Last week, the Earth suffered the worst solar storm event in six years after a G4-class geomagnetic storm wreaked havoc for as long as eight hours. The severe storm was so strong that auroras were seen as far south as Colorado and New Mexico in the USA. Various reports also highlighted radio blackouts and GPS disruptions in geoeffective regions. However, the Sun is relentless and today, it appears that more dangerous solar storms are likely coming. As many as 9 sunspot groups have been detected on the Sun and there is a fear that if even one of them explodes, the resultant impact on the Earth can be dangerous.
The development was reported by SpaceWeather.com which noted on its website, “Today, there are 9 sunspot groups on the sun”. The report also mentioned that for the time being, the sunspots appear to be stable. However, as we have seen in the recent past, sunspots can turn unstable at any time. And with so many of them staring at the Earth, the risk is high.
Solar storm fears increase amid 9 sunspots appearing on the Sun
For the unaware, sunspots are dark, temporary regions on the surface of the sun that appear as spots or blotches. They are caused by intense magnetic activity that inhibits the flow of heat from the sun’s interior, resulting in a cooler region that appears darker than the surrounding area.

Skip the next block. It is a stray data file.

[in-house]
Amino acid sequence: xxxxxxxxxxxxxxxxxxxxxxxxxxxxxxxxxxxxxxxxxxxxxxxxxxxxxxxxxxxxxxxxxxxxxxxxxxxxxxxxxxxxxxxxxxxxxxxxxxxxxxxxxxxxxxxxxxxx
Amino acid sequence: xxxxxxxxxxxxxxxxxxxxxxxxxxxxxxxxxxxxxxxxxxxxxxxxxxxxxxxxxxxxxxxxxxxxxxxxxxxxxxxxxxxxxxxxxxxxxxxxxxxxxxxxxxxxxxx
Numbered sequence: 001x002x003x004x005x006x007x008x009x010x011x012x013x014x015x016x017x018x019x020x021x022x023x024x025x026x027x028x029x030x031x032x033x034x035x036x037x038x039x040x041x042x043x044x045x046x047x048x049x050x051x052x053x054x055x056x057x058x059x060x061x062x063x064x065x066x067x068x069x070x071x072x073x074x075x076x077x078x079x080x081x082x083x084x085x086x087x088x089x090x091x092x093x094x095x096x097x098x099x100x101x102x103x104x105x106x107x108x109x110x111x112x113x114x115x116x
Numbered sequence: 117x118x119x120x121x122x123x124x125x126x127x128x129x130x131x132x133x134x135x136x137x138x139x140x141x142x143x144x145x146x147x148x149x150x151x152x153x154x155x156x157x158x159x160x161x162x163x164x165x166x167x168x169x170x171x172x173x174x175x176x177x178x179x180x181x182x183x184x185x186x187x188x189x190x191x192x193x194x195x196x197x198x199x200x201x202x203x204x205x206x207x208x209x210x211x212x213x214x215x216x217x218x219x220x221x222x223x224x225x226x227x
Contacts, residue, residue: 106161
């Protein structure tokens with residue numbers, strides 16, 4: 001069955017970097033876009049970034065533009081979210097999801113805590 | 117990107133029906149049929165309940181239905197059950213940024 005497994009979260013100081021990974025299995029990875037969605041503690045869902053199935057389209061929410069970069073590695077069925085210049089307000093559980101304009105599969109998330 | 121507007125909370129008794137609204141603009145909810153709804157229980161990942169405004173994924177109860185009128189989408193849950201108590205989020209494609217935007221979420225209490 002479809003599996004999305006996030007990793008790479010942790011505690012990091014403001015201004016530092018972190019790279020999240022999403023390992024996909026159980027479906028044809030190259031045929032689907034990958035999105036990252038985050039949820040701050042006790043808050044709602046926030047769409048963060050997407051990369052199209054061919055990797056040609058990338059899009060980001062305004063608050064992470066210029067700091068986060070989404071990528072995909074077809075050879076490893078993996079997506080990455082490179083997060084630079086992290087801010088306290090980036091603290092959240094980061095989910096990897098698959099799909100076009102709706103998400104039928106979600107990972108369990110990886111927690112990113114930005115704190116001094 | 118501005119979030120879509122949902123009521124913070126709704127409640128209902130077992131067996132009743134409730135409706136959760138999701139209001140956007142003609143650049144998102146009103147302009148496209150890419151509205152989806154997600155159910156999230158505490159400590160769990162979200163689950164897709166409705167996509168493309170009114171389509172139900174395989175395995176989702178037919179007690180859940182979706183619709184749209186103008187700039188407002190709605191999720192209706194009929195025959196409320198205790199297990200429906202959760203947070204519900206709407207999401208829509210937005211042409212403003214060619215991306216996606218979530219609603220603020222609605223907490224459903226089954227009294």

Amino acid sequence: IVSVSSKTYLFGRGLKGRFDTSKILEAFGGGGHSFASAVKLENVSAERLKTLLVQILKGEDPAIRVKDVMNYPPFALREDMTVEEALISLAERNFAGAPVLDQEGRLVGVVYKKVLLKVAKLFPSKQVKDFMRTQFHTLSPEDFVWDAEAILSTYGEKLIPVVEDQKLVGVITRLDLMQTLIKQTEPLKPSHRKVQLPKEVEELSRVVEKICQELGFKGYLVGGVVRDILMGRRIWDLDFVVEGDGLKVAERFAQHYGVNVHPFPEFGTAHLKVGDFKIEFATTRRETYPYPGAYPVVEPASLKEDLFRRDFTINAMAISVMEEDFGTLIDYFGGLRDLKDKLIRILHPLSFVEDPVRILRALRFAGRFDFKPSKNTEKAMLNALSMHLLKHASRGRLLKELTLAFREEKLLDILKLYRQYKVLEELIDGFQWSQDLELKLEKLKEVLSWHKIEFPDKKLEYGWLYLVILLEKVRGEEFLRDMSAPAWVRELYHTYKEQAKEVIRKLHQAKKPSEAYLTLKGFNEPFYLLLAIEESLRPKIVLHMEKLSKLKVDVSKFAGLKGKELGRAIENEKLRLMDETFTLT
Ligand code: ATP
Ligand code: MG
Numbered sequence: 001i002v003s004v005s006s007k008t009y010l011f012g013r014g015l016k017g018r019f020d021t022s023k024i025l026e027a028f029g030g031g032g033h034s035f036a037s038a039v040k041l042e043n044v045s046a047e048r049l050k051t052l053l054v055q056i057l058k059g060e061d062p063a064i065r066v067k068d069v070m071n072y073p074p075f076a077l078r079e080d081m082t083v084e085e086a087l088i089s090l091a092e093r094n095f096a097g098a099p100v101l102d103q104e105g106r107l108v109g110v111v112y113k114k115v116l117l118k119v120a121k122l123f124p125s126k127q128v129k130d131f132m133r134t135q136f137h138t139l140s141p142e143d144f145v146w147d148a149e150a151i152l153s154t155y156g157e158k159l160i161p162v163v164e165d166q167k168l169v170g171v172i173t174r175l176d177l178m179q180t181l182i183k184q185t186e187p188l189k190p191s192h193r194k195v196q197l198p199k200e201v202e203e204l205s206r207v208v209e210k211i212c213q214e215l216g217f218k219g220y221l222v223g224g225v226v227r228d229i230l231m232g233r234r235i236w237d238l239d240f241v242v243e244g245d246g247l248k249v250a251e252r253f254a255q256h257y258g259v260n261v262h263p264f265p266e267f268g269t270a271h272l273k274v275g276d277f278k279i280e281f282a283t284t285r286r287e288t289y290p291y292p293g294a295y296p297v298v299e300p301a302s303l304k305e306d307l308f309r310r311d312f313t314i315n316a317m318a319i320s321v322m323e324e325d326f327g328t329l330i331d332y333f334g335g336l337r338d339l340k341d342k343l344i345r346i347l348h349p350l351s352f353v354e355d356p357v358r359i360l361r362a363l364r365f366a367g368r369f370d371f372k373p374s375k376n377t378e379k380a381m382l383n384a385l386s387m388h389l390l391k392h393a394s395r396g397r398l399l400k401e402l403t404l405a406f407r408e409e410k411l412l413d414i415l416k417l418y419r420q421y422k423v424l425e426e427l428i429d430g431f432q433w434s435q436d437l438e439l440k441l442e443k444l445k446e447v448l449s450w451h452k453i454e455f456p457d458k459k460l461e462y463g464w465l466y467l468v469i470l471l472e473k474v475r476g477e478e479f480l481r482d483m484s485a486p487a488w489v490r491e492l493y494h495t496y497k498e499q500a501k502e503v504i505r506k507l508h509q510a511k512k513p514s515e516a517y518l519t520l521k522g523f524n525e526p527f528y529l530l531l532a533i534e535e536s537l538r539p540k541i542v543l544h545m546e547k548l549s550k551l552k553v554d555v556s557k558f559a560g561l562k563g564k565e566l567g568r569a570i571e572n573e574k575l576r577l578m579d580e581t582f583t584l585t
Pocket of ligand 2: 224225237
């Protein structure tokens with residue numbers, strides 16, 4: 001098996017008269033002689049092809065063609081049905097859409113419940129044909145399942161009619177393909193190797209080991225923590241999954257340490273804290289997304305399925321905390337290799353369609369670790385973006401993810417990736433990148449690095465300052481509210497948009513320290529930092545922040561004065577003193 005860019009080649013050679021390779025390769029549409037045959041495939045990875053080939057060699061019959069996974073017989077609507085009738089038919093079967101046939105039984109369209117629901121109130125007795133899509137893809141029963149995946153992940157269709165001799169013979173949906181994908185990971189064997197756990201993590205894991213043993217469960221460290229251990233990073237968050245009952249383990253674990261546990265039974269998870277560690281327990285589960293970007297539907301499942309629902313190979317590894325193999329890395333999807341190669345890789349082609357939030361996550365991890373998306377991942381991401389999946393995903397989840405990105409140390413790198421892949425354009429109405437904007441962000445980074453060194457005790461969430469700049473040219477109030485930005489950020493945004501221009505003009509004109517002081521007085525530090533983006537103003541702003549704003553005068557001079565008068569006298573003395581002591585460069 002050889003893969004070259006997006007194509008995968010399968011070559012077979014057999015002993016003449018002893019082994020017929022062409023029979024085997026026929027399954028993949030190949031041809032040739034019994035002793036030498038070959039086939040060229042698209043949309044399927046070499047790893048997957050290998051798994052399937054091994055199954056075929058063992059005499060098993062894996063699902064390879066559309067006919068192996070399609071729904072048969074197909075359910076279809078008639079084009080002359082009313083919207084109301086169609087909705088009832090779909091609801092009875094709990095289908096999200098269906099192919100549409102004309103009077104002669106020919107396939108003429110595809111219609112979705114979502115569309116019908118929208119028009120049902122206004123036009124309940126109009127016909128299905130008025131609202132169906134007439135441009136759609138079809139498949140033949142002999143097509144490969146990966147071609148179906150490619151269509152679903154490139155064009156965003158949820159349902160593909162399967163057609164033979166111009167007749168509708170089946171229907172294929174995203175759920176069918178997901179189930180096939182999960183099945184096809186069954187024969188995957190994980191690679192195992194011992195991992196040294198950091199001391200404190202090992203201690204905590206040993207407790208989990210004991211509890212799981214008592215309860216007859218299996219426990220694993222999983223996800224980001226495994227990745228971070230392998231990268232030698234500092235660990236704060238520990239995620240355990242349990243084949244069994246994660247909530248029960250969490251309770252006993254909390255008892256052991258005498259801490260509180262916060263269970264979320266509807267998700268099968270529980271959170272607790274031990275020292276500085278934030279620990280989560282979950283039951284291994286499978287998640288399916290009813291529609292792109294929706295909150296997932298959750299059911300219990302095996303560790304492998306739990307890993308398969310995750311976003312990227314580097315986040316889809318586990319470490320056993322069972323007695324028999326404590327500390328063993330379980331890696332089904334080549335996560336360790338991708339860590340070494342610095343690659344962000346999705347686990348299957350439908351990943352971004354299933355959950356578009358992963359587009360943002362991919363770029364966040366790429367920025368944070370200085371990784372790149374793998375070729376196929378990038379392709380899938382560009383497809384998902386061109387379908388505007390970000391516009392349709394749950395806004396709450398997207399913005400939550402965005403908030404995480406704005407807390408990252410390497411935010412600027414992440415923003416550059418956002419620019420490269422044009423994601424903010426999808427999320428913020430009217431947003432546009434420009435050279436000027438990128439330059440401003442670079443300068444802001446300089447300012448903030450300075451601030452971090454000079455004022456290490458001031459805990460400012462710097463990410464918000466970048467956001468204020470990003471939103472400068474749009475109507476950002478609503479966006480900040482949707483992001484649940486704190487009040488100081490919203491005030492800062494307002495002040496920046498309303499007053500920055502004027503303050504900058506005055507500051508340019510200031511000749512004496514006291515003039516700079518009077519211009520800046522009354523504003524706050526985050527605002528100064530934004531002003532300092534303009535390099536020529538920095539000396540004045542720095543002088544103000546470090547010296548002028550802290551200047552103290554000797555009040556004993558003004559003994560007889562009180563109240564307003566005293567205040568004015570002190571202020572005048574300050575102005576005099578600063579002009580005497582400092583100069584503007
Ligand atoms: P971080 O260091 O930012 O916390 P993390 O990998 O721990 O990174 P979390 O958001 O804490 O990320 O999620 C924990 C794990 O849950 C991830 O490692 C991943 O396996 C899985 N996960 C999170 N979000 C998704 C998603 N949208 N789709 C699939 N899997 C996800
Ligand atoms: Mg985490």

Once they accumulate enough magnetic flux, they begin expanding outwards and explode causing solar flare eruptions. Such eruptions spread powerful radiations which can often cause radio blackouts on Earth. Additionally, these eruptions also release coronal mass ejections (CME) from the surface of the Sun. These CME clouds are responsible for geomagnetic storms on Earth.
With nine active sunspots, there is a possibility that the Earth can be hit by another powerful solar storm. A powerful solar storm can potentially damage satellites, break down mobile networks and internet services, cause power grid failures and corrupt sensitive ground-based electronics such as pacemakers and ventilators.
NOAA’s DSCOVR satellite’s role in solar storm monitoring
NOAA monitors the solar storms and Sun’s behavior using its DSCOVR satellite which became operational in 2016. The recovered data is then run through the Space Weather Prediction Center and the final analysis is prepared. The different measurements are done on temperature, speed, density, degree of orientation and frequency of the solar particles.